At least 170 patients have been treated successfully with doxycycline or tetracycline for HME since 1987 (606163666979124129133). Fishbein reported a case series of 237 patients who had HME and found that those patients who were treated with either a tetracycline drug or chloramphenicol had significantly shorter intervals of fever and days to complete recovery than patients who were treated with other antibiotics (66). Only a few individuals, many of whom were children, were treated with chloramphenicol. In the latter group chloramphenicol was associated with a significantly longer interval to defervescence of fever as compared to those treated with tetracycline alone (66). Abramson and Givner advocate the use of tetracycline for the treatment of presumed Rocky Mountain spotted fever regardless of age (1), and similar arguments are voiced for treatment of patients who have HME (58148). The American Academy of Pediatrics has recommended doxycycline as the first line of therapy for all forms of ehrlichiosis as well as the clinically similar infection Rocky Mountain spotted fever (5).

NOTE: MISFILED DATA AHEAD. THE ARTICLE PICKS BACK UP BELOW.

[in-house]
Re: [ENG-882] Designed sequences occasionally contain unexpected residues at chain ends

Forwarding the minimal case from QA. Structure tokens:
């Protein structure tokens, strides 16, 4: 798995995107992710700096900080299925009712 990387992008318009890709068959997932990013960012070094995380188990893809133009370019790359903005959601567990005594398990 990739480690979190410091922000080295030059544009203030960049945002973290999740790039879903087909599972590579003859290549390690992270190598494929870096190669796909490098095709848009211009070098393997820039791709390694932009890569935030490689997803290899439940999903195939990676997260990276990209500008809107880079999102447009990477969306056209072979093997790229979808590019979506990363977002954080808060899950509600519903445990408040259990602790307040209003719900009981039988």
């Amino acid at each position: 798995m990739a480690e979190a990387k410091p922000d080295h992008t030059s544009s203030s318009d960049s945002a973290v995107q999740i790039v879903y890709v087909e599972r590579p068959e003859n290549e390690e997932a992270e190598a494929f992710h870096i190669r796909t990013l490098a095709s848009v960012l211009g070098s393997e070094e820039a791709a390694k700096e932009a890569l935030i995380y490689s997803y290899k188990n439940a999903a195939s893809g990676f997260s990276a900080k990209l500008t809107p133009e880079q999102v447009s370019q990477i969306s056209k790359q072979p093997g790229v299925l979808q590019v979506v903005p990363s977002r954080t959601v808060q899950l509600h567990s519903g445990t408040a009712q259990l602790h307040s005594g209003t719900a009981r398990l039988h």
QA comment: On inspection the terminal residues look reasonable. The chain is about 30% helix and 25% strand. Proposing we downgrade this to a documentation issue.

Clinical relapse of canine tropical pancytopenia after completed therapy is well described in dogs when tetracycline therapy has been instituted late in the course of infection (36125). Although post-treatment relapse has not been described in human patients to date, four patients with documented HME died either while receiving doxycycline therapy or some time after the completion of therapy (536066). In each of the fatal cases, tetracycline therapy was started late (day 9 or later), and two of the patients died more than 50 days after doxycycline or tetracycline therapy had ended. One of these patients had immunohistologic evidence of E. chaffeensis in tissue at autopsy (53). There was insufficient information reported about the other two patients to determine whether they died while receiving tetracycline therapy (6066). Thus, although a tetracycline derivative or doxycycline should be considered the drugs of choice for acute HME, the prognosis can worsen proportionally with delayed initiation of therapy. Dual infections by Rickettsia rickettsii, the etiologic agent of Rocky Mountain spotted fever, and E. chaffeensis are occasionally reported among patients from the southeastern United States; these patients have been treated successfully with doxycycline (132). Chloramphenicol is active againstRickettsia species, including R. rickettsii. Chloramphenicol has been advocated as an alternative agent for treatment of HME and rickettsial infections for patients who are either intolerant or have contraindications to tetracycline therapy (242642446163667376). Forty-one of 47 reported patients (87.2%) were treated with chloramphenicol for HME since 1987 (252642,44536163667476123). Resolution of fever and clinical symptoms occurred within two days after therapy had begun in the majority of the responders, but some patients had fever for more than seven days. Six patients (12.8%) failed to improve with chloramphenicol therapy, and 3 of these patients died (536066). HME usually resolves spontaneously after 1 to several weeks of clinical symptoms, even in the absence of specific antibiotic treatment (66112114). Furthermore, both E. chaffeensis and E. canis are resistant to chloramphenicol in vitro (3133,34). Thus, the efficacy of chloramphenicol and the role this drug should play in the treatment of HME remains undefined. Patients who are treated with chloramphenicol and fail to respond promptly to treatment should be treated with doxycycline hyclate or tetracycline hydrochloride for definitive treatment.